• Nursing faculty member to receive the University of Wyoming College of Health Sciences Innovation in Teaching Award.
  • Recipient of Best Mentor in the Wyoming Women of Influence recognition awards.
  • Chief Nursing Officer to be part of an all-female executive leadership team at Sweetwater Memorial. “Leaving that team and the hospital that has been my home for over 30 years is really hard,” she said.

Lessons learned

She has learned countless lessons along the way.

The hardest lesson: Realizing not everyone has good intentions. That lesson is still difficult for her to grasp.

The best lesson: How a mentor unleashes a person’s true potential. It was a lesson learned as much from her patients as it was from co-workers.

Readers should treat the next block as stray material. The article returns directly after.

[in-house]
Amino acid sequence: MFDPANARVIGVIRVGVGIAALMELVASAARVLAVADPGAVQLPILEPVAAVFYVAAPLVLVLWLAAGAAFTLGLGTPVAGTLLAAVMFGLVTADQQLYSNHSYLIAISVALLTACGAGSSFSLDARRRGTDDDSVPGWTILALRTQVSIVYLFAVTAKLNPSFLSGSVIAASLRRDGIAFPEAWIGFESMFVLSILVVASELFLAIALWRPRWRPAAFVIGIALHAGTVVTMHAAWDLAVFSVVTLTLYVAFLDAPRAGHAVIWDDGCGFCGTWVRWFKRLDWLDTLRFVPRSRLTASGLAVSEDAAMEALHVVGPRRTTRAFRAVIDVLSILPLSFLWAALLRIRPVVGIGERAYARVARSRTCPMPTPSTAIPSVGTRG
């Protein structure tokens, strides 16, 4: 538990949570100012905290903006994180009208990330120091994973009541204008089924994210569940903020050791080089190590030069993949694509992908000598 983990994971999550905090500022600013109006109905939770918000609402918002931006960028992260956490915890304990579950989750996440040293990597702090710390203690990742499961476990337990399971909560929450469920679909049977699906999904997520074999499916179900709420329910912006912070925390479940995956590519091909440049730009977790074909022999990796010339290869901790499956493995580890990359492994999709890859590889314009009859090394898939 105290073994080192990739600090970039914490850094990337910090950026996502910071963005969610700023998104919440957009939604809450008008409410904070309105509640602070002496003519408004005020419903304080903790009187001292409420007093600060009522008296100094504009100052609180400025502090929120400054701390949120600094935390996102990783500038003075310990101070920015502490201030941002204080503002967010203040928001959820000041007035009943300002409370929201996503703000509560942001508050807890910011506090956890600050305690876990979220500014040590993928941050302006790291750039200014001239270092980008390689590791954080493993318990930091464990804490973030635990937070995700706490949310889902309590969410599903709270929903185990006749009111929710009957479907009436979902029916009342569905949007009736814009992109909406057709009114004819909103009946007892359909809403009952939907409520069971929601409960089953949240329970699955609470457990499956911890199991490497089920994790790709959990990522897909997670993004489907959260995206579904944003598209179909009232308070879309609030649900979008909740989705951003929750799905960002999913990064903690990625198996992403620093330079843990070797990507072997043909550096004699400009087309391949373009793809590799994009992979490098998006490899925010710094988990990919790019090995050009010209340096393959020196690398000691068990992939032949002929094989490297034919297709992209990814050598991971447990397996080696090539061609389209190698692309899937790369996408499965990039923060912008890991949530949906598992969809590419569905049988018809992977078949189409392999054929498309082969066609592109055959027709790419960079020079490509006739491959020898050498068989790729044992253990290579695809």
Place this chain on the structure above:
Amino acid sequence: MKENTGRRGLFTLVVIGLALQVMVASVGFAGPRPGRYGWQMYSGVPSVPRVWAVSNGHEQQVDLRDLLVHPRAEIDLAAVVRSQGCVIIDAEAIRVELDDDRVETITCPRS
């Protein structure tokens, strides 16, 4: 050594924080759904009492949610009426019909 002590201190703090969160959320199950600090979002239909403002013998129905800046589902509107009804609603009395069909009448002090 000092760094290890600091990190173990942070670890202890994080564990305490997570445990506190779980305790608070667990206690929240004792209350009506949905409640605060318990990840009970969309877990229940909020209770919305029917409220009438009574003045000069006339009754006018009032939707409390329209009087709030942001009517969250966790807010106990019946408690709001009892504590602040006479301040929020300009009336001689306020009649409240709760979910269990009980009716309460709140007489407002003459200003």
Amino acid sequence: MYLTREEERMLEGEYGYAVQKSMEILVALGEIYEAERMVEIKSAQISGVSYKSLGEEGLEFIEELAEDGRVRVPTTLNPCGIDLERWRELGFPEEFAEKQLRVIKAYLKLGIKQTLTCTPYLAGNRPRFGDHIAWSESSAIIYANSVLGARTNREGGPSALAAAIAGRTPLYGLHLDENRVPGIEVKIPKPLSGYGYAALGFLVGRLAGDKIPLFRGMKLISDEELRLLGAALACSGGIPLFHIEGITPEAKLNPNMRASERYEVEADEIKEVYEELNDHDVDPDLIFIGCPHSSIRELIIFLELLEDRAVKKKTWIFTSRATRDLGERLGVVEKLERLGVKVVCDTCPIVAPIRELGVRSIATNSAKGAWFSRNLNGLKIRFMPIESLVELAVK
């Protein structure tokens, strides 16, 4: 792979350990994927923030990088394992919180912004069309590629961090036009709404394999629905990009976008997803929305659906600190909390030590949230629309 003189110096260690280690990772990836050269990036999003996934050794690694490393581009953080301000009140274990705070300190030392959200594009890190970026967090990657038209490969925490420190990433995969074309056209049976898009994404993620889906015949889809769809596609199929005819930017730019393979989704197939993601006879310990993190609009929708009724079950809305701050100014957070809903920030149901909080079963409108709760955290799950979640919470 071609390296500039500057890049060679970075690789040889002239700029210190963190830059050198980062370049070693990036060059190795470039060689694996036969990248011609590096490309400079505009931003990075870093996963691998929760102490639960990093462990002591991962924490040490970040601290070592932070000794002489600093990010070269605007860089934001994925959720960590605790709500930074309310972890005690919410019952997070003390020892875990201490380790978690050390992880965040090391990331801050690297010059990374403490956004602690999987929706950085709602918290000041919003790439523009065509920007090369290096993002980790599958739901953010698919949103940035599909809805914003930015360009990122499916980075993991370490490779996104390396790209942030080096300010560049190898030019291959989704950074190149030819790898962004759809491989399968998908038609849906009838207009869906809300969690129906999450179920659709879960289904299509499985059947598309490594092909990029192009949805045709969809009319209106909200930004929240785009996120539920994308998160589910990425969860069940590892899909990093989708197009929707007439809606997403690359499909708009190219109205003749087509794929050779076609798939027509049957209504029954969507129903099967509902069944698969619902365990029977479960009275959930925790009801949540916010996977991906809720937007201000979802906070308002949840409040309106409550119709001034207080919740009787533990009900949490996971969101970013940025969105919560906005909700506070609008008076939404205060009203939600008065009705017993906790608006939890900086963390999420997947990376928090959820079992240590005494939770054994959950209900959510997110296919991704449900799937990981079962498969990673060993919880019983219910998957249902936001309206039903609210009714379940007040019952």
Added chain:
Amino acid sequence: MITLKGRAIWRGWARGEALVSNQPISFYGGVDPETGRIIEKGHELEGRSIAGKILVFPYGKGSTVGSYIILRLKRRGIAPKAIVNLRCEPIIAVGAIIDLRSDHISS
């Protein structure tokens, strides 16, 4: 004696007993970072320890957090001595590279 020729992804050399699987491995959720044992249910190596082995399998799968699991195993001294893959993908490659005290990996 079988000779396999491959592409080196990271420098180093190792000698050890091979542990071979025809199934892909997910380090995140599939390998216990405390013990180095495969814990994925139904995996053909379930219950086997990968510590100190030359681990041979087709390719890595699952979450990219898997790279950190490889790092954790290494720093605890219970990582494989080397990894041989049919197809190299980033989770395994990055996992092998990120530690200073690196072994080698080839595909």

“I don’t know if patients realize they make a difference in the lives of nurses,” Nielson said. “We think about them, worry about them, grow in life wisdom from them, and remember many of them forever. And, I’ve learned so much from them.”

Her healthcare milestones also might have been different had it not been for those who believed in her and dedicated themselves to mentoring her. It’s a lengthy list, but she named a few: Lucy Goombs was her first preceptor. Terry Freeze was the CNO she worked under at a 300-bed hospital in Florida.

Armed with what they all did for her, it became Nielson’s goal to pay it forward as a mentor.

“Because of these amazing people, I hope my legacy will be: ‘She believed in me. She believed in us, the nurses,’” Nielson said.

It truly will be her legacy, said Crystal Hamblin, MHSC Cardiopulmonary Services Director.